GRANT OF CORNEA RETENTION LEASE
The Commonwealth – West Australia Offshore Petroleum Joint Authority has now granted Petroleum Retention Lease WA-54-R (Cornea Retention Lease) with respect to the Cornea oil and gas accumulation to the Cornea Joint Venture Participants, an important step on our pathway to the ultimate development of the oil potential of this resource.
The Cornea Retention Lease provides the Participants with an initial 5 year period in which to progress the assessment and feasibility of a major staged development of the Cornea Oil Field (“Cornea”). The terms have been designed, on a step by step basis, to accommodate development challenges and to provide a progressive de-risking of those challenges.
Cornea is a significant prize to strive for, as it represents one of the largest undeveloped oil resources in Australia, with a P50 estimate of 411 million barrels in place. But it faces a presently low assessed recovery factor, which is a function of the technical challenges that the successful development faces. The terms of the Retention Lease reflect the need to progressively and methodically deal with each of those challenges.
Cornea present s a unique set of circumstances. While significant hydrocarbons have been discovered, with oil and gas samples obtained and resources identified, productivity of the reservoirs has not been proven, despite a large number of exploration and appraisal wells being drilled into the accumulation. The quantum of contingent resources in Cornea is such that it can reasonably be expected to be economic, so long as production flow rates can be achieved.
There are two significant barriers that must be overcome for Cornea to become commercially viable:
- Technical challenges presented by reservoir characteristics require the deployment of new technology completions in order to unlock oil production; and
- Assessment of the productivity of the wells and the recovery factors that can be achieved.
Sufficient reservoir quality, both in terms of permeability and continuity, will be crucial to the delivery of commercial oil rates. The nature of the reservoir dictates that the use of horizontal well completions will be necessary.
A program to test the completion design and the long-term production behaviour of the wells and reservoirs is considered to be the only means by which the Cornea field will be proven to be capable of becoming commercially viable.
Oil price is significantly less critical to the development of Cornea than it generally is to the development of many hydrocarbon accumulations. The assessed in place volumes for Cornea offer a reasonable expectation that a commercial development can be achieved, even at oil prices significantly lower than current oil prices, if the technical risks and challenges can be overcome and threshold production flow rates achieved. Economic analysis demonstrates that producibility has the most significant impact on the economic feasibility of a development of Cornea.
Credible production tests that incorporate emerging control technologies are needed and will act as a “proof of concept” for well placement, damage control and completion technology. Such credible production tests will also greatly assist in determining whether wells can deliver the required threshold volumes on which a commercially viable development can be justified. Such a production test program relies on the successful completion of engineering studies over the next four years to address the technical challenges presented by Cornea and to determine key design parameters.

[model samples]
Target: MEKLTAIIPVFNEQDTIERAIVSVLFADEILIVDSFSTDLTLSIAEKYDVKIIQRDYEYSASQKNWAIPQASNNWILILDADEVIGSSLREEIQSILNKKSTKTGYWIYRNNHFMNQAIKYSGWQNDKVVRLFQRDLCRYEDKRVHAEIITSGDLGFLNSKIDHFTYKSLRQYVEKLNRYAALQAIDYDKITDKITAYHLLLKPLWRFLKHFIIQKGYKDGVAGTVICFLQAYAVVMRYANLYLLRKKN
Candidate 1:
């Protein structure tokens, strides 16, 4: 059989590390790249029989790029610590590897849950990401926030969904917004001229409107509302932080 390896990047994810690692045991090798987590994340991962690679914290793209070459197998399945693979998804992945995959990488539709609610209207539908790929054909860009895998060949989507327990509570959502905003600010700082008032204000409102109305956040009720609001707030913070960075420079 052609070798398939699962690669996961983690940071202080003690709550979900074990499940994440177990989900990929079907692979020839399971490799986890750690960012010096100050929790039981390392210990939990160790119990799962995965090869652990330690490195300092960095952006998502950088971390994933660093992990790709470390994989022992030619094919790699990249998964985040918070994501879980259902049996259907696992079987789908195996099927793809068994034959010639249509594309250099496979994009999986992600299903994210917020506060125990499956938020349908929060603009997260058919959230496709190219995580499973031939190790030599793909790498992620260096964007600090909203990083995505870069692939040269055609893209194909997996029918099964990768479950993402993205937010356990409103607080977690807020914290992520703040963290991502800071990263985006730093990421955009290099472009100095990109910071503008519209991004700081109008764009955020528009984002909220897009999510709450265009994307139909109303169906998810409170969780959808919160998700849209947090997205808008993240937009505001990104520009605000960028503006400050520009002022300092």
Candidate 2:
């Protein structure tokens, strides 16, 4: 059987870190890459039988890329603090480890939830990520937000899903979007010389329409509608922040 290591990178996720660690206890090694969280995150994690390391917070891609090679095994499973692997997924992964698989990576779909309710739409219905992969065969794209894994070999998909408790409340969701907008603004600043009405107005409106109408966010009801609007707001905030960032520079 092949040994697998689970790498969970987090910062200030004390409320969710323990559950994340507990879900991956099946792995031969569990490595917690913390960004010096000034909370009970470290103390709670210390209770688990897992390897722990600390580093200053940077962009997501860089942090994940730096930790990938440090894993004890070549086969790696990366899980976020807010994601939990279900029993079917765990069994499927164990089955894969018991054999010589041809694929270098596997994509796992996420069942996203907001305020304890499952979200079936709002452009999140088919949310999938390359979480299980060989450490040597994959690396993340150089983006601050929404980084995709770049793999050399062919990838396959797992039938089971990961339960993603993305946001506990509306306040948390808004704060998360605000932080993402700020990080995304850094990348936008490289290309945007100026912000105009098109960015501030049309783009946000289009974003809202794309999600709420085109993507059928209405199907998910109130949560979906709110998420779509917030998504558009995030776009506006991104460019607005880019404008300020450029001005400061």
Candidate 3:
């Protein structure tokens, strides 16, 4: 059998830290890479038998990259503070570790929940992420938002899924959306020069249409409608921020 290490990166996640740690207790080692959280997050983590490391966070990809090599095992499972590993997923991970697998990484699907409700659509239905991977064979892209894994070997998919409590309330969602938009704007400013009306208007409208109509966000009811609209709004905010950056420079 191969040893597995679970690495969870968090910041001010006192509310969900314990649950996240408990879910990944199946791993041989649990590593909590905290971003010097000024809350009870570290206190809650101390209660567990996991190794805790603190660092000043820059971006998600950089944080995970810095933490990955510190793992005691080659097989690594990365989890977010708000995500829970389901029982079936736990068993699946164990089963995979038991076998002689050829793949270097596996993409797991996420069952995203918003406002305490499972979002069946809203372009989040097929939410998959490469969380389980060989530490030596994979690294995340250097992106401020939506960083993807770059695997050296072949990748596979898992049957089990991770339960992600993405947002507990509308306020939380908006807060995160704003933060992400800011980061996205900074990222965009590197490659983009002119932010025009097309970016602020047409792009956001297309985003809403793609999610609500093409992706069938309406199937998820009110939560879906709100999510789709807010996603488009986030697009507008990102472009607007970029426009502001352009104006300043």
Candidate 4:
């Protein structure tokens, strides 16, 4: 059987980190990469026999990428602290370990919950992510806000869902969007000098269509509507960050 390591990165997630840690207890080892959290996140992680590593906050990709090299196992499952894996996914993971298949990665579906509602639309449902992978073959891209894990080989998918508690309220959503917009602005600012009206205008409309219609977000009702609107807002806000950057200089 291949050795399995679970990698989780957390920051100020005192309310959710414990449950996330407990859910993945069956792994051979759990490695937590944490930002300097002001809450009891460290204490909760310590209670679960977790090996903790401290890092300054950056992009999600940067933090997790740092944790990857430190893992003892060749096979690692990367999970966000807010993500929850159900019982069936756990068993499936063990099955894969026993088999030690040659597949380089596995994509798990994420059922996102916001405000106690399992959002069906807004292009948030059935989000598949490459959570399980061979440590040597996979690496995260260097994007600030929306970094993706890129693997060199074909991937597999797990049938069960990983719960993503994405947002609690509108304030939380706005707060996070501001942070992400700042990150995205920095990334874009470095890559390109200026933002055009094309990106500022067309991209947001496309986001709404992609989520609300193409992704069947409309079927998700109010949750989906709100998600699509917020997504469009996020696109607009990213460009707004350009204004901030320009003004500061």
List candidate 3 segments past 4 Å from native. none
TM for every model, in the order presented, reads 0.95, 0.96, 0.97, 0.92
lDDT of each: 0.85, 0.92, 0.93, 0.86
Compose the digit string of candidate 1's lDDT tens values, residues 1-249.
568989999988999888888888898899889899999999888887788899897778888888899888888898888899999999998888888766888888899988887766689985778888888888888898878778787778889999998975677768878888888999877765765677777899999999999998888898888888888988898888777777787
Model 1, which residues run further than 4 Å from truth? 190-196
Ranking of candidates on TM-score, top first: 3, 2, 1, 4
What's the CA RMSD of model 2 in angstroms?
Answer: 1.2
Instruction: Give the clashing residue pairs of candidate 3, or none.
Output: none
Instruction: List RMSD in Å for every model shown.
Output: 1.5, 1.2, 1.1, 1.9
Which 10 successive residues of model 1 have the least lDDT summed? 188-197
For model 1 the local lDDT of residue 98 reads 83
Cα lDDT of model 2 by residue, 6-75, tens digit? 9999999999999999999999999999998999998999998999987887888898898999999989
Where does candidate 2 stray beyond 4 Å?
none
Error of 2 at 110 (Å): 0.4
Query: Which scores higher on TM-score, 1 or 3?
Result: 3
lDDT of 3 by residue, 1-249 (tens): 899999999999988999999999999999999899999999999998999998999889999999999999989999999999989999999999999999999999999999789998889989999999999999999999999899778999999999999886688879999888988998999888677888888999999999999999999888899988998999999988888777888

The Cornea JV has proposed to carry out a suitable series of engineering study programs incorporated in the Cornea Retention Lease work program to address the key technical challenges to production and barriers to commercialisation. Subject to the results of these study programs, the Cornea JV proposes to implement a production test program in the fourth year of the initial 5-year term of the Retention Lease. This sequential approach is necessary in order to address the productivity uncertainties and ultimately to prepare for full development.
Optimisation of field recoveries is fundamental to the successful development and economic feasibility of Cornea. Innovations and advances in drilling techniques, in production and in development processes and procedures are expected to be the enabling factors in achieving adequate field recoveries.
It is anticipated that, in coming years, remote controllable hardware for gas inflow control will become available and would allow Cornea to achieve higher recoveries than those that could be expected to be achieved today. Technologies for enabling remote controllable interventions and preventing gas cusping into horizontal wells are in research and under development, including both the valves themselves and the surveillance/telemetry to detect and potentially seal off well segments where breakthrough has occurred.
Innovations and improvements in drilling techniques and in production and development processes are expected progressively over the next 5 years and will be incorporated in the production well test to be implemented by the Cornea JV.
If these technical challenges can be overcome and sufficient production flow rates demonstrated, the economics are immediately attractive with a reasonable expectation of long-term commercial development. A successful production test program would unlock a very sizeable oil resource, currently stranded due to the technical challenges to production, and full development of the Cornea Field could be expected to follow with wider applications for other undeveloped Australian fields with similar problematic reservoir characteristics.